American university William & Mary Assistant Art History Professor Cristina Stancioiu will spend much of this summer in Crete and Rhodes, thanks in part to a Franklin Research Grant from the American Philosophical Society.
“They fund library, archive and field work, and I meet a little bit of all of that,” Stancioiu explained. “I think it appealed to them that I would take the grant abroad, away from my home institution.”
Stancioiu is using the grant to further her first book, centred on portraiture in the Eastern Mediterranean from the end of the 13th century through the 17th century.
Stancioiu finds the portraits in remote Orthodox churches in the Greek countryside, in areas that were originally part of the Byzantine Empire but had shifted to Venetian or European rule by the time the portraits were created.
“The people in the villages are happy to hear that I’m interested in the old church, and they always ask me, ‘How do you know about that?’ And when I say, ‘From books’ they are amazed there are books about their church.”
Actually, there’s only one book. A 1907 collection published by an Italian scholar who walked the countryside, recording every church and making watercolors of the frescoes, is to date the most exhaustive catalog. For illustration, there are about 800 medieval churches just on Crete alone.
“These are small churches. They are not your gothic cathedrals,” Stancioiu said. “It’s impossible to maintain and restore all of them, so I think there is an immediate need to at least photograph what is still there.”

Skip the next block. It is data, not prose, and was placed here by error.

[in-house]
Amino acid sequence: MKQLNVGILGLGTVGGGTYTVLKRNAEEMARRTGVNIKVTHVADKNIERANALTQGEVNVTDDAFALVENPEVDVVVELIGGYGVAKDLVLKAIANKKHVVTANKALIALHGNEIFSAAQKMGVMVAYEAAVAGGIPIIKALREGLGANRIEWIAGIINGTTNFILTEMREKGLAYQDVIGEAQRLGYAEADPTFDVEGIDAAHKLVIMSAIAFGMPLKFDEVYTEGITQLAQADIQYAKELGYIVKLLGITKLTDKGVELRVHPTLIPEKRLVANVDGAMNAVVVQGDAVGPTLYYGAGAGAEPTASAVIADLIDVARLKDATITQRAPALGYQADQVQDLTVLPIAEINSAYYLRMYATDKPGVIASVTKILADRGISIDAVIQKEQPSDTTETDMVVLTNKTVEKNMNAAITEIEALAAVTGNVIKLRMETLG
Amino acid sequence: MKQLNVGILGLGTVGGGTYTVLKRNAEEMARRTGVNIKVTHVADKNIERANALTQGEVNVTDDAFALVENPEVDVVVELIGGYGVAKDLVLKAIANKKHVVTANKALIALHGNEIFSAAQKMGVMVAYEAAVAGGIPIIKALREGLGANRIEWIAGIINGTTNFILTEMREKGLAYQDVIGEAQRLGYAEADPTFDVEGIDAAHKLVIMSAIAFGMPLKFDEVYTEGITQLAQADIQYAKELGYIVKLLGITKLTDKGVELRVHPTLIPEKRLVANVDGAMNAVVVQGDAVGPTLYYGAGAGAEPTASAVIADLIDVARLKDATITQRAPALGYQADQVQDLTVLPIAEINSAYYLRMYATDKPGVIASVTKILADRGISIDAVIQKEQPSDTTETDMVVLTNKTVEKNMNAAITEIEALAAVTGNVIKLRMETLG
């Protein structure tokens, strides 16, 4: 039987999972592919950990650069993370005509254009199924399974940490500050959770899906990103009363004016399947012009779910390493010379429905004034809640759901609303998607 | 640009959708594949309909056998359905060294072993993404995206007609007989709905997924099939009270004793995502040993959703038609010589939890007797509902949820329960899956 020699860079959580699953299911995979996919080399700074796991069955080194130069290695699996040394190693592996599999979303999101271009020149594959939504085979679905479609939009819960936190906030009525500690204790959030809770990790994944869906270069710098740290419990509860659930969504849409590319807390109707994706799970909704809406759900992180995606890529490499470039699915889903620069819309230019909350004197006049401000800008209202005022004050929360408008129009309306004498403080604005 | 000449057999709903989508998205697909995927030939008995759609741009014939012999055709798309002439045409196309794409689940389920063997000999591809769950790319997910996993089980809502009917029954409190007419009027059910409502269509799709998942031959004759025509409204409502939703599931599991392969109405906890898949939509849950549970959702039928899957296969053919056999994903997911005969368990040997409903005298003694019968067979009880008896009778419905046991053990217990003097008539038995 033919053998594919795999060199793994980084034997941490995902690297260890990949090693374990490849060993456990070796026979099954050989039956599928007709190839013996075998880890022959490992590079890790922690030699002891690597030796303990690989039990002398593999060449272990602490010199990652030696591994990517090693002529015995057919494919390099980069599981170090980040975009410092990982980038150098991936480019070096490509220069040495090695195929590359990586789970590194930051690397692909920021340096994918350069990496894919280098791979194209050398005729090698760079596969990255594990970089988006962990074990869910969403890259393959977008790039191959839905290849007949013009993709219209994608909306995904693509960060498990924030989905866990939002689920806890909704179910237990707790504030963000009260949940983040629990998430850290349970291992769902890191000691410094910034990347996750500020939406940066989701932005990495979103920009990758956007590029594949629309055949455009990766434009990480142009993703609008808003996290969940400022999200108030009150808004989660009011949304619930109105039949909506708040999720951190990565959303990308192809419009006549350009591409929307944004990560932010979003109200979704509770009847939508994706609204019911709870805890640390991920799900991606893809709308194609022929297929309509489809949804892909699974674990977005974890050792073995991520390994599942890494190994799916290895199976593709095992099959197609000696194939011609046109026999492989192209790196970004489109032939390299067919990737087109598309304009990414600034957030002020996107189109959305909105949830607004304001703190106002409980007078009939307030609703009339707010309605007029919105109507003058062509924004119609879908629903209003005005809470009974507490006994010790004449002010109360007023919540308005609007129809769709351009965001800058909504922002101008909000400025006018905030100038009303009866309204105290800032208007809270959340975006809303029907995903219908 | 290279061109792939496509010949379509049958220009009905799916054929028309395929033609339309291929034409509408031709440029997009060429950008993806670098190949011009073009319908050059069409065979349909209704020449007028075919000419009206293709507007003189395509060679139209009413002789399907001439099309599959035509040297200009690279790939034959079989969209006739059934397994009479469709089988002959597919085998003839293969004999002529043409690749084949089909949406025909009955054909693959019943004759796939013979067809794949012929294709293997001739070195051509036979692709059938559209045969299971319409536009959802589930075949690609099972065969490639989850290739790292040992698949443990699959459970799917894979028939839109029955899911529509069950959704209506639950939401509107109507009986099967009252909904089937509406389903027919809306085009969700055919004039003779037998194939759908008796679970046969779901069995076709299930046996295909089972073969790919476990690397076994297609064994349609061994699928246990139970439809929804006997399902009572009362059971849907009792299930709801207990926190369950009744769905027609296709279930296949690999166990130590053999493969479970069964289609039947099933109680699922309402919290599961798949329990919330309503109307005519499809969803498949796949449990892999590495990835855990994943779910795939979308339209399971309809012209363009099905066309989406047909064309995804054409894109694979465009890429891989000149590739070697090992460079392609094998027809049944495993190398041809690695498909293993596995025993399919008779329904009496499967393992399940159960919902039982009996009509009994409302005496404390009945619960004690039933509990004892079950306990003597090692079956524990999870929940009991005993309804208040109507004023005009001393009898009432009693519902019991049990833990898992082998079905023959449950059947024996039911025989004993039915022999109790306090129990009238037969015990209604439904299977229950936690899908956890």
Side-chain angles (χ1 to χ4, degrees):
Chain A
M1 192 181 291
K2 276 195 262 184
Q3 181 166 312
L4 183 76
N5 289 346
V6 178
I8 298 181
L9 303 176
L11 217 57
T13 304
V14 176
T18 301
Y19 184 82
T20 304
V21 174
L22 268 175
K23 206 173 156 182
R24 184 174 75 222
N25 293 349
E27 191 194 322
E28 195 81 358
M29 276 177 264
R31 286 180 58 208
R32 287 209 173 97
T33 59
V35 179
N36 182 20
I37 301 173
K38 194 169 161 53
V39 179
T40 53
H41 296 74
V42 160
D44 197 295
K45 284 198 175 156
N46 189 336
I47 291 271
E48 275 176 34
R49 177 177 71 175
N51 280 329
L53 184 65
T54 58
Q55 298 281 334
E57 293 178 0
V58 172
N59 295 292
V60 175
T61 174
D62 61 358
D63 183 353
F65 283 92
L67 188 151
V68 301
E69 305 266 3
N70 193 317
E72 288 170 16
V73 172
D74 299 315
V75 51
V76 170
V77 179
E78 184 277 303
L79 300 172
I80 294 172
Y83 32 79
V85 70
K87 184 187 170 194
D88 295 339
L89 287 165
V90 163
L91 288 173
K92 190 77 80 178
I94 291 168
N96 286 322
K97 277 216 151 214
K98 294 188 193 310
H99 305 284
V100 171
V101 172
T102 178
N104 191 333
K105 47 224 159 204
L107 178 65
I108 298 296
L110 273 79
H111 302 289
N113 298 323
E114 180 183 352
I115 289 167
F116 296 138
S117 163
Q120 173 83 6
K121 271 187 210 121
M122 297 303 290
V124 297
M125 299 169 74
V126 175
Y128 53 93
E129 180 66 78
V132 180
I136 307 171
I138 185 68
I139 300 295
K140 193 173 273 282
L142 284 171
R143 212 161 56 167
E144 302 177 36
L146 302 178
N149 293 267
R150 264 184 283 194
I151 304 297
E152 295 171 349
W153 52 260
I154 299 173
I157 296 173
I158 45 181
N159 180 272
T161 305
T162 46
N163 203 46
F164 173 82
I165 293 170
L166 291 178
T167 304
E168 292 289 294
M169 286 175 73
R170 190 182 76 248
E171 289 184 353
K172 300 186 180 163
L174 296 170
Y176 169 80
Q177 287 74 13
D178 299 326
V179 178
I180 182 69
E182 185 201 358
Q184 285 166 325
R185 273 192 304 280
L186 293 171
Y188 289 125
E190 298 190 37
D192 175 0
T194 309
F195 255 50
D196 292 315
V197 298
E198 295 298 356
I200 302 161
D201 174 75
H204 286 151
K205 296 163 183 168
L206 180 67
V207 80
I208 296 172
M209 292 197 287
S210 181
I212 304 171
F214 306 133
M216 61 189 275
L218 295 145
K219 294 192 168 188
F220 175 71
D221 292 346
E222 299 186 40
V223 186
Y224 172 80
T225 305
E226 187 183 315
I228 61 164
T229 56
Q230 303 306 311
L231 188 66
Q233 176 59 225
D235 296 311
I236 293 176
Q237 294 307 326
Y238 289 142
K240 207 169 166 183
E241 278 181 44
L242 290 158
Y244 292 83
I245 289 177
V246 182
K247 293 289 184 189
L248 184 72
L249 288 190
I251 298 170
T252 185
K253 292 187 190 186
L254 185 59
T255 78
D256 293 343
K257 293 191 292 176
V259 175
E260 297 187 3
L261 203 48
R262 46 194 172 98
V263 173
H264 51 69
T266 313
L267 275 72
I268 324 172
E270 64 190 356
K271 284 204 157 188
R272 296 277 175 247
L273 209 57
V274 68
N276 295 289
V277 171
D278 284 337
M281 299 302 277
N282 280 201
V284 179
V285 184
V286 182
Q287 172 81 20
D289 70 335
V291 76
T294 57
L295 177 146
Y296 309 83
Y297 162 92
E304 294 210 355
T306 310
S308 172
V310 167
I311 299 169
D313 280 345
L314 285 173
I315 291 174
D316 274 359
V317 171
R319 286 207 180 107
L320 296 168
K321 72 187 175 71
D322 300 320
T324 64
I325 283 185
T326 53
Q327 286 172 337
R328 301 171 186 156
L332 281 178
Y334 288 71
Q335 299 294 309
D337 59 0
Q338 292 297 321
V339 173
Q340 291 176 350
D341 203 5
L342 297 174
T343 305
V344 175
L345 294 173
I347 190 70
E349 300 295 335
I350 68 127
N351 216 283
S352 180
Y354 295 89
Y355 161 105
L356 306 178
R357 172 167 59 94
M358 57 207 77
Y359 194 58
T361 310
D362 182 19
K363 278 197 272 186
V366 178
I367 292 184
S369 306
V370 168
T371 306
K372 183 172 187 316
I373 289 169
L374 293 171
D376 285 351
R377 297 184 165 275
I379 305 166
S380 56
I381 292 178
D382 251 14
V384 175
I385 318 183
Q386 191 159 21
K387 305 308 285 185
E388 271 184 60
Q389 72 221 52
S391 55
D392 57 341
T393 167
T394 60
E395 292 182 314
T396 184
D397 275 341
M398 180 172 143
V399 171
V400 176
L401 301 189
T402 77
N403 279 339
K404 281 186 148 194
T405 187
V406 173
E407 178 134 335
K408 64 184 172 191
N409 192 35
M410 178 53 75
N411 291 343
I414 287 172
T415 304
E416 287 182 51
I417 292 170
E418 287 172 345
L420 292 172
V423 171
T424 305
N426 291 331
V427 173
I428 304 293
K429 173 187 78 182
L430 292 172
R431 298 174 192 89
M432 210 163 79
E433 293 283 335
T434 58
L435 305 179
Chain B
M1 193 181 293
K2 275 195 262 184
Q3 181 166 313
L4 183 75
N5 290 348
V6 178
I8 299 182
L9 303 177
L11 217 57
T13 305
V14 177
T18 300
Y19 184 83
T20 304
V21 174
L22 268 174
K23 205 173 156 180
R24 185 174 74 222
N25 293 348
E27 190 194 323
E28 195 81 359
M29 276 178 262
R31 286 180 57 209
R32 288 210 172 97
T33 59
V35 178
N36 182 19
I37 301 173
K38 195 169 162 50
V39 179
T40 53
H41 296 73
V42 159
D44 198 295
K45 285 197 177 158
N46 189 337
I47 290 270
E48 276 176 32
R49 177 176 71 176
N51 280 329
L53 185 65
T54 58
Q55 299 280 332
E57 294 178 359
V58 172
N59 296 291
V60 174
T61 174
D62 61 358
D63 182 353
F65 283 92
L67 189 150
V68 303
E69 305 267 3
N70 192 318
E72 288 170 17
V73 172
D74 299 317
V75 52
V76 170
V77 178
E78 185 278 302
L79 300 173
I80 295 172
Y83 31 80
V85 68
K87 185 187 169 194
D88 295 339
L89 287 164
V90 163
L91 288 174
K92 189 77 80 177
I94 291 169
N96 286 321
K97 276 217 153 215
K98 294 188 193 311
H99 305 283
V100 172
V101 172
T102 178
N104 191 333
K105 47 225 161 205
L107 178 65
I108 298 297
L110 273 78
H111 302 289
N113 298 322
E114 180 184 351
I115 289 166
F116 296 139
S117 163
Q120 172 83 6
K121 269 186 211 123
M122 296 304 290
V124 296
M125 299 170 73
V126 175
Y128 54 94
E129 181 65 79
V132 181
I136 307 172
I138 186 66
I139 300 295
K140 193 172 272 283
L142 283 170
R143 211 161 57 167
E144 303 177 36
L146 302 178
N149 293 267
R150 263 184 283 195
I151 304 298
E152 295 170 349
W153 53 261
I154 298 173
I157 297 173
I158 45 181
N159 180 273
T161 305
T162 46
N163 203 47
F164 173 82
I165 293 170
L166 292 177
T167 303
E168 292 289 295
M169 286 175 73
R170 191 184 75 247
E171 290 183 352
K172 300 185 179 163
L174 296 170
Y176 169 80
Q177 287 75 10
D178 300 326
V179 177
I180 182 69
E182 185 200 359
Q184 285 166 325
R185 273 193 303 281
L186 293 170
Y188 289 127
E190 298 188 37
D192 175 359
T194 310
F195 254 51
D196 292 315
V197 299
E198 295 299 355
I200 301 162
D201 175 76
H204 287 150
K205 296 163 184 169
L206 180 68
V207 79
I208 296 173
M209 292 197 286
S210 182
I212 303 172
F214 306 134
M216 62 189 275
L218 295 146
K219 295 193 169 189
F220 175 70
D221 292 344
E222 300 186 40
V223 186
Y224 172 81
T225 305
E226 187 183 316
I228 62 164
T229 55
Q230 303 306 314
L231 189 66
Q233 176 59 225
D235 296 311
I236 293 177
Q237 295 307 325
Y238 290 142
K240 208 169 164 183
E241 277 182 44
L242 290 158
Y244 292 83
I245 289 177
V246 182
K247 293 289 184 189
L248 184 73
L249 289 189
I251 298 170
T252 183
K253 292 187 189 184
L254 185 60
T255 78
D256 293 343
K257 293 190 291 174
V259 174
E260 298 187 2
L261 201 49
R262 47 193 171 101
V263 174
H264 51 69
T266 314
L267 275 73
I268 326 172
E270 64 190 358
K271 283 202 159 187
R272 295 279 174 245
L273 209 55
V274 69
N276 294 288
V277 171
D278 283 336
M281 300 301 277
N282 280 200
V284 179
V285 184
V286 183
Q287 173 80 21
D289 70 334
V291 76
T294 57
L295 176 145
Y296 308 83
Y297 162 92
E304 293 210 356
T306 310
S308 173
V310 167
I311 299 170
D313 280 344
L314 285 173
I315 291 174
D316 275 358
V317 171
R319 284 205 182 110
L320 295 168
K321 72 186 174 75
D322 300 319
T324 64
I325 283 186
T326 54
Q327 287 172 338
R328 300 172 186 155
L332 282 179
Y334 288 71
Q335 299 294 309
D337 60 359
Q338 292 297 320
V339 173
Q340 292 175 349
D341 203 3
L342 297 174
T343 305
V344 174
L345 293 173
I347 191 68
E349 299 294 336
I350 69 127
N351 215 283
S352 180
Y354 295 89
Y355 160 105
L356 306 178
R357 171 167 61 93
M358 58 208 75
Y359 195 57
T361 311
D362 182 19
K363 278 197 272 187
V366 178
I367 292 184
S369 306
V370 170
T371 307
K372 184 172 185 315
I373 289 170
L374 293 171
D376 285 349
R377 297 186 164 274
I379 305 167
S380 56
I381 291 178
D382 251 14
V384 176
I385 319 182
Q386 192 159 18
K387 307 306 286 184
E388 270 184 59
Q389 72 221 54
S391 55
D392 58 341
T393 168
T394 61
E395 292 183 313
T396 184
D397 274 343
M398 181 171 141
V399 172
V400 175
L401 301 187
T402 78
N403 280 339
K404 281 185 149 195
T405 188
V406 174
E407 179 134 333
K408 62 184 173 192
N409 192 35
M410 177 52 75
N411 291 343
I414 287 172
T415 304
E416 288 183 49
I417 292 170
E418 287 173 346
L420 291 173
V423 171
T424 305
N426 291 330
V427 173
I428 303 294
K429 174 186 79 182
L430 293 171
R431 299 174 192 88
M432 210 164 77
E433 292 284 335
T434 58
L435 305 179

But more than simply cataloging the portraits, Stancioiu is interested in what they tell scholars about the people who created them.
The churches’ remoteness allowed the former nobles to be bold in the portraits. “No lord would ever step foot in those churches; they are exclusively for the local community, so it’s a safe place to make that kind of statement.”
They are still safe from the lords today, though the monuments they house are technically under the aegis of the Department of Antiquities.
“The church does what it can. The government does what it can, and the people in the villages do what they can,” Stancioiu explained. “So they try to fix the roof and not let water leak or they keep the door shut, things like that.
“But I’m always touched by how much they care about these monuments. There is always a candle lit. Even if the church is no longer in use, they still will light candles at the icons. Things like that show me they care, and explains why they are so welcoming when they see me coming and being interested in their monuments.”
She estimates that of the 800 or so churches on Crete, probably 70 feature portraits. She’ll try to see as many of them as she can in June and July, also conducting research in libraries in Athens, Nicosia and Venice. She hopes to have the manuscript written by August next year.
The College of William & Mary in Virginia is a public research university located in Williamsburg, Virginia, United States. it was founded in 1693